Based on the published Western District of Louisiana opinion, Pennier, et al. v. Morton Int’l, et al., 2011 WL 6160207, (W.D. LA 6/24/2011), on June 12, 2009, a Louisiana salt mine worker was pressure washing equipment inside Morton’s salt mine in Weeks Island near New Iberia, Louisiana when the salt mine’s roof collapsed, causing fatal injuries. His family hired Broussard & David, LLC to bring a wrongful death action against his employer, Morton Salt, alleging fraudulent misrepresentation on the part of Morton’s employees.
Typically, the Louisiana Worker’s Compensation law constrains an employee’s recovery for on-the-job injuries. A narrow exception to Worker’s Compensation allows an employee to avoid this limited recovery by proving that the employer acted intentionally with the substantially certain knowledge that an injury may result.
Based on Pennier, et al. v. Morton Int’l, et al., 2011 WL 6160207, (W.D. LA 6/24/2011), the attorney representing the family of the deceased worker, Blake R. David of Broussard & David, LLC, escaped Worker’s Compensation exclusivity by establishing, through employee and manager testimony, Morton employee knowledge that its employees had used illegal bolting practices for a substantial time before the Salt Mine’s roof collapsed. Morton’s employees were required by law to routinely check and accurately record the torque on salt mine roof bolts with a torque wrench in order to avoid roof collapse. However, Morton’s employees forged bolt torque forms with made-up findings without ever checking the bolt’s torque, and then lied to Mine Safety and Health Administration (MSHA) government inspectors about their bolting procedures to avoid citations. Later, reports from MSHA found that the roof collapse causing the miner’s death resulted from poor installation methods in the bolting procedures by Morton’s employees. Broussard & David’s litigation discovery led to the alleged fraud findings.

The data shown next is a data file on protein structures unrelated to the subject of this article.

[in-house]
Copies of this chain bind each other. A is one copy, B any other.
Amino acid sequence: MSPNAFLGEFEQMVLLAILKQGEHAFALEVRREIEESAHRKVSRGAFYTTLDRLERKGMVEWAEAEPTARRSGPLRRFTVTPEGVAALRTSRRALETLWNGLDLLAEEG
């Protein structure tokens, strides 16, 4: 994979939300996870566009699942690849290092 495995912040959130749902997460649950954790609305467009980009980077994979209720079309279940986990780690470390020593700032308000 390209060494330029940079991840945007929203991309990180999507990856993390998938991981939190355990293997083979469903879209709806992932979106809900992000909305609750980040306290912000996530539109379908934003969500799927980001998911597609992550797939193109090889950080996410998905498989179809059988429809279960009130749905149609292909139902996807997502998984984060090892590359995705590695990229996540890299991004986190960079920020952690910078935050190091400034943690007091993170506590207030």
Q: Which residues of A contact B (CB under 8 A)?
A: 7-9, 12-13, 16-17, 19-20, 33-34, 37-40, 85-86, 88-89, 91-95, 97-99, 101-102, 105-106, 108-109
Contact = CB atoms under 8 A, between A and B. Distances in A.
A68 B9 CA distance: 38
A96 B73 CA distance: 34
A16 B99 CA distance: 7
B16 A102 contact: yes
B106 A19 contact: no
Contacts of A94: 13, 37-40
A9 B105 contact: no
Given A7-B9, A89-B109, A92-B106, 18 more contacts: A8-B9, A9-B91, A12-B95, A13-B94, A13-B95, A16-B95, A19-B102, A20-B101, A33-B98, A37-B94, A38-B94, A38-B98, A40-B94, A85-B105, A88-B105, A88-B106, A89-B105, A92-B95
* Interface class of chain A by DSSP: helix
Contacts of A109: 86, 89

The United States Western District Court of Louisiana held that Morton’s alleged fraudulent misrepresentation could be classified as an intentional act since testimony indicated that Morton’s plant manager had substantially certain knowledge of the employee’s illegal and fraudulent bolting practices. By establishing this knowledge, the miner’s family was able to remand the case back to Louisiana state court and obtain justice for the death of their loved one.